6 Snowy Trails in Eastern Oregon
Head east for some of the Beaver State’s best snowshoeing and cross-country skiing.
When you head east of the Cascade Mountains, out to the lesser ranges and the broad, arid expanses, you’ll find that the snow falls light and often and the sun shines a little more. The result? Ideal conditions for snowshoeing and cross-country skiing without the crowds at the state’s more famous snow areas.
From the granite wonders, the Wallowa Mountains, to the dreamy flakes that fall around Anthony Lakes, Eastern Oregon is packed with places to explore when the ground is white. Here are six favorites for snowshoeing and cross-country skiing.
Distance: Up to 12 miles roundtrip
Nothing like starting an Eastern Oregon snowshoe at 5,500 feet, with views up a canyon toward the pristine peaks of the Wallowas. That’s just what this local favorite is all about, and because you begin at such an elevation, there’s not much more to gain. Instead, the route winds through a slim canyon accented with occasional cascades from the likes of Falls Creek and Deadman Lake and views of Wallowa jewels such as Twin Peaks and Sacajawea Peak.
Distance: Up to 8 miles roundtrip
Look into Idaho over at the gnarled summits of the Seven Devils Mountains from the popular and scenic Trail 1819 that heads south out of the Salt Creek Summit Sno-Park. The view is stunning. The Sno-Park is home to several other shorter trails that wind through the Wallowa foothills. Try the Summit Loop (.5 mile) for an easy, snowy stroll through a pretty forest with occasional alpine vistas, or head out on the Mountain View Loop for far-off glances of the Wind Ridge area.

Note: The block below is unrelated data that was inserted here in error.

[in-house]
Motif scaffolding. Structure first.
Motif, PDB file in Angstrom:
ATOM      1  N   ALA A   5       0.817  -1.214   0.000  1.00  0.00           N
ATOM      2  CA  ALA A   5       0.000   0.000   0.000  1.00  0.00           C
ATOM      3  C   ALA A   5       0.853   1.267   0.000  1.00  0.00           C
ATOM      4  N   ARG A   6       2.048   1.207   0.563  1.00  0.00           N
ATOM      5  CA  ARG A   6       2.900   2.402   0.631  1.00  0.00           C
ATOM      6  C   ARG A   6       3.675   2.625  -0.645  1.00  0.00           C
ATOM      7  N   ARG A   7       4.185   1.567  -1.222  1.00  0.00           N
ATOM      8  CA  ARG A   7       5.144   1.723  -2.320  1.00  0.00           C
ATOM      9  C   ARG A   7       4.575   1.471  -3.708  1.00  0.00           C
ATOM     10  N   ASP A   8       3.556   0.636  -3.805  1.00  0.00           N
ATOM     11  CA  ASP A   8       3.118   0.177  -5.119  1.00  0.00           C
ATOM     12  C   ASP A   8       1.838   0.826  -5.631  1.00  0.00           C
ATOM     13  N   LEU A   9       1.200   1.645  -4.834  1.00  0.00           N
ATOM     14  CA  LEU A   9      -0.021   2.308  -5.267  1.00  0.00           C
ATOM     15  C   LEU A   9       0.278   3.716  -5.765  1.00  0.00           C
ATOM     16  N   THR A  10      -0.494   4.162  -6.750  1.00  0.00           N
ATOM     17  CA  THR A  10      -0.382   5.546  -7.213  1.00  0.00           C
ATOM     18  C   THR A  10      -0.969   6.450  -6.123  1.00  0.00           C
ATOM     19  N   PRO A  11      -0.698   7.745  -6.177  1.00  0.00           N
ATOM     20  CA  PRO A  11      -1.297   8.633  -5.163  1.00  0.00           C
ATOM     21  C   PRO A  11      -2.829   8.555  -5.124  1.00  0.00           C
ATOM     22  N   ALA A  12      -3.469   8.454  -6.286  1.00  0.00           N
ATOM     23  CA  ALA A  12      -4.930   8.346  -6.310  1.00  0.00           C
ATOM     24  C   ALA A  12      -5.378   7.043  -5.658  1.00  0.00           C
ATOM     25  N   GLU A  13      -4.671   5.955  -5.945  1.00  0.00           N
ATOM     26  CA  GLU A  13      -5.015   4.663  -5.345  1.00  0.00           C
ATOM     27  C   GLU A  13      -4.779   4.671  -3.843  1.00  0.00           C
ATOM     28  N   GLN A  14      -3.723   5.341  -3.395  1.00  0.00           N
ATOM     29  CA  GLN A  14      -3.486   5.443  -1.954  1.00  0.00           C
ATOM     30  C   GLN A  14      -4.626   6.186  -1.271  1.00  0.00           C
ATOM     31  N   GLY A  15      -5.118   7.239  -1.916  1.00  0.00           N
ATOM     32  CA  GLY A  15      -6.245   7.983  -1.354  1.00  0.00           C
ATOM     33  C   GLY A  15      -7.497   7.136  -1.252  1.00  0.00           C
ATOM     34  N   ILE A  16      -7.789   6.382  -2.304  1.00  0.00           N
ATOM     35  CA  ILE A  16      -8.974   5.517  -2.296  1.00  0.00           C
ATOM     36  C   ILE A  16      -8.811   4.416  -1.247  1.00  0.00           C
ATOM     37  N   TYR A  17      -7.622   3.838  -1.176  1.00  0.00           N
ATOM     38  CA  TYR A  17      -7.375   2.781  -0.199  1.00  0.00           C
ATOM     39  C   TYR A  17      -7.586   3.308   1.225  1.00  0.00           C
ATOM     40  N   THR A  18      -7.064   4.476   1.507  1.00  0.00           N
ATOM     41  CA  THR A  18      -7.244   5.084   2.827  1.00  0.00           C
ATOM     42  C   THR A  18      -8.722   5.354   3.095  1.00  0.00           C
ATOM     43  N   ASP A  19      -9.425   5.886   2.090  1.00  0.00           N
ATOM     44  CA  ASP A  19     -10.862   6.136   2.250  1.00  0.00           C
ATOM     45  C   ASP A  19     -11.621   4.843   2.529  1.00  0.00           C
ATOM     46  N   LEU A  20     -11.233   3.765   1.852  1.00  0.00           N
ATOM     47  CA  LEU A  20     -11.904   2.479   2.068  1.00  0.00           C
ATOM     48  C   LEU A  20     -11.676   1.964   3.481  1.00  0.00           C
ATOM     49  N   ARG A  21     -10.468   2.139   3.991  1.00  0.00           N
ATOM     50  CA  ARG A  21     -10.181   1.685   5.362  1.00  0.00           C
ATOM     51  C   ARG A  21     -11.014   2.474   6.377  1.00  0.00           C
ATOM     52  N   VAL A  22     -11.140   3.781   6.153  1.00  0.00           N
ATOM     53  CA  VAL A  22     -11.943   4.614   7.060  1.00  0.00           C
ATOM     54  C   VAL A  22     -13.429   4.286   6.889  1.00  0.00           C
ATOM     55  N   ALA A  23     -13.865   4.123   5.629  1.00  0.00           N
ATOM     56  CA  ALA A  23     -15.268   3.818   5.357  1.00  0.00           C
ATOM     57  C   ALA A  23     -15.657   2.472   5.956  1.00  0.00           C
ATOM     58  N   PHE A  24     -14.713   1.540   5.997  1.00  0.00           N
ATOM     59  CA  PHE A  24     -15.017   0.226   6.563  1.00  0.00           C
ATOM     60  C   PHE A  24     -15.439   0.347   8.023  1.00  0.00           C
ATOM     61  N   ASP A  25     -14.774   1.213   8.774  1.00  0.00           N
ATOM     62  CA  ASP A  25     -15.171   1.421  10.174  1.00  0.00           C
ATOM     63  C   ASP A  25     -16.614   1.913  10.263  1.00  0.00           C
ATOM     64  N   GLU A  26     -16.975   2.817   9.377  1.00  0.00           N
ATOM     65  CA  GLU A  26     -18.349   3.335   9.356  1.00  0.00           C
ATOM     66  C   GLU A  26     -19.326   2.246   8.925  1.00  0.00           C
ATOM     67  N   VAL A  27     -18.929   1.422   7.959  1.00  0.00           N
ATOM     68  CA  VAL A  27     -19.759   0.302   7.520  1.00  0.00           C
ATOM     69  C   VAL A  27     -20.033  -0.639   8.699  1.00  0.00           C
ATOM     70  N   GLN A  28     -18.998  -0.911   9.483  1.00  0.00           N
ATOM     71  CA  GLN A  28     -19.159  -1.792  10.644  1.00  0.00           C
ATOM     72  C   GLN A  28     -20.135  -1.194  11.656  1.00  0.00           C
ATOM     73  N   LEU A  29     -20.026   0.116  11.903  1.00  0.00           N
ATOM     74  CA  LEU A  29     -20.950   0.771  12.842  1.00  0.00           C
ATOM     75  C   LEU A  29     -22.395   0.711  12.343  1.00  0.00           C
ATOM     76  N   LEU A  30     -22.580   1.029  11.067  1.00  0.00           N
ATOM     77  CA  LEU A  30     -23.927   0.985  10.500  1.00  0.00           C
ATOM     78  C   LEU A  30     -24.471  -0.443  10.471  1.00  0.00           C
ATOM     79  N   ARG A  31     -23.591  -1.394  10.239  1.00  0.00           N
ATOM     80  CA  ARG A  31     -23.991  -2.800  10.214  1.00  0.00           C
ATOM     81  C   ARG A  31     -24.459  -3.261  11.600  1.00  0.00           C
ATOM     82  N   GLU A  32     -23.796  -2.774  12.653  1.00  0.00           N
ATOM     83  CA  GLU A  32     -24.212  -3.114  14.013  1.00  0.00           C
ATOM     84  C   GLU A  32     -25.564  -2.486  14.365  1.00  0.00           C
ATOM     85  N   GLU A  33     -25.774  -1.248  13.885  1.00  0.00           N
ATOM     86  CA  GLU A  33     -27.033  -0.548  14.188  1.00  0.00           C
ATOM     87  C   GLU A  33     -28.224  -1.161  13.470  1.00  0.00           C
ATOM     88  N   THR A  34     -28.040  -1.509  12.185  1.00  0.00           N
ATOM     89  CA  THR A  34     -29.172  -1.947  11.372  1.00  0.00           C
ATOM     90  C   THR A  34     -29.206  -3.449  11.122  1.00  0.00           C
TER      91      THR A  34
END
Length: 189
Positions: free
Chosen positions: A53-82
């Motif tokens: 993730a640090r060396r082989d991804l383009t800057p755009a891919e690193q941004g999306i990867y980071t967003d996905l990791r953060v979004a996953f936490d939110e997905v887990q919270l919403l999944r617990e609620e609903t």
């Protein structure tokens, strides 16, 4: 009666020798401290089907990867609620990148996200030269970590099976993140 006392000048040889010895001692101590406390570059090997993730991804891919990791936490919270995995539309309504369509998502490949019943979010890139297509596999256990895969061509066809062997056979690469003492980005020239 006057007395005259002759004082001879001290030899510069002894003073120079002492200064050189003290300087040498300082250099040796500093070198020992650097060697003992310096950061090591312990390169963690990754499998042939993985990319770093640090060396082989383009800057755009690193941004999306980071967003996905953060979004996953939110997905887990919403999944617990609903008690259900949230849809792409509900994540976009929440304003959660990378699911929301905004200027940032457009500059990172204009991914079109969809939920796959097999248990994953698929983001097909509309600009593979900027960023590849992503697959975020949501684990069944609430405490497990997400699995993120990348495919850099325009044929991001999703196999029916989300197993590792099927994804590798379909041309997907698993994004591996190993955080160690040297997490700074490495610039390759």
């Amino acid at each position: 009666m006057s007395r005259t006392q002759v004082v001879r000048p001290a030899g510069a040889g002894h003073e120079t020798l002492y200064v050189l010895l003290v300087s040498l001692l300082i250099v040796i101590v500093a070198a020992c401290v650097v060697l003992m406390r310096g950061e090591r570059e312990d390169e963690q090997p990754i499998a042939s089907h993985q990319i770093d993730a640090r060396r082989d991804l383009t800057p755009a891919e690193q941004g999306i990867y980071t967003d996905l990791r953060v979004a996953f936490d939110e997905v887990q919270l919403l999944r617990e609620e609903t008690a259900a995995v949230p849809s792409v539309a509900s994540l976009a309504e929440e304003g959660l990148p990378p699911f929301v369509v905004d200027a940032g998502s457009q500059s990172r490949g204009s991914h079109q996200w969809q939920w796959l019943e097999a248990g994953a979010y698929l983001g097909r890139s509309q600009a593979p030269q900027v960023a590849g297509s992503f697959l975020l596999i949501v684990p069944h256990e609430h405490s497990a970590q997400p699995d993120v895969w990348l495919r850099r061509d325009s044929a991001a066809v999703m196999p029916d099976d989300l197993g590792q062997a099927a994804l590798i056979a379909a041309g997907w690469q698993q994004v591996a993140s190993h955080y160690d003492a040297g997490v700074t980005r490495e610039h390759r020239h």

The powder is renowned at this Eastern Oregon ski area, but there’s more here than backcountry bliss or downhill dreams. Anthony Lakes is home to nearly 20 miles of groomed and track-set trails ideal for Nordic skiers of nearly any ability. The 1.1-mile Anthony Lake Trail zips around the namesake lake in the shadow of Gunsight Mountain. Or stitch together any of the other 14 or so trails for a more strenuous but still enjoyable day in the snow.
Distance: Up to 6.5 miles one way
Is there a much better setting for a snowshoe or a ski than a pristine, frozen lake backdropped by a subtle range of snow-covered mountains? Not likely. That’s what this breezy trail along the southern shore of Philips Lake southwest of Baker City is all about. And those snow-covered mountains off in the distance are the Elkhorns, part of the larger Blue Mountains range.
Distance: Up to 12 miles roundtrip
This is a stout haul, but it’s an unforgettable one that takes you into the heart of the Eagle Cap Wilderness to one of the area’s striking jewels. Aneroid Lake sits surrounded by some of the grand peaks of the Wallowas and makes an ideal destination for a spring snow camp or a long day trip to a classic Eastern Oregon wilderness locale. (The trail begins at Wallowa Lake.)
Oregon’s Blue Mountains don’t get as much love as the Cascades, the Coast Range or the Wallowas, but maybe they should. Sprawling from near Pendleton almost to Idaho, the range is gorgeous, especially when its peaks are white. The Blue Mountain Nordic Club maintains a network of trails at Meacham Divide that is the second-largest Nordic ski area in the state. The 18 miles of groomed trails wind through pines and offer jaw-dropping gazes into Meacham Canyon and up the Spout Springs Ridgeline. Both skiers and snowshoers are welcome.
These maps and directions are for planning purposes only. You may find that construction projects, traffic, or other events may cause road conditions to differ from the map results. For travel options, weather and road conditions, visit tripcheck.com, call 511 (in Oregon only), 800.977.6368 or 503.588.2941.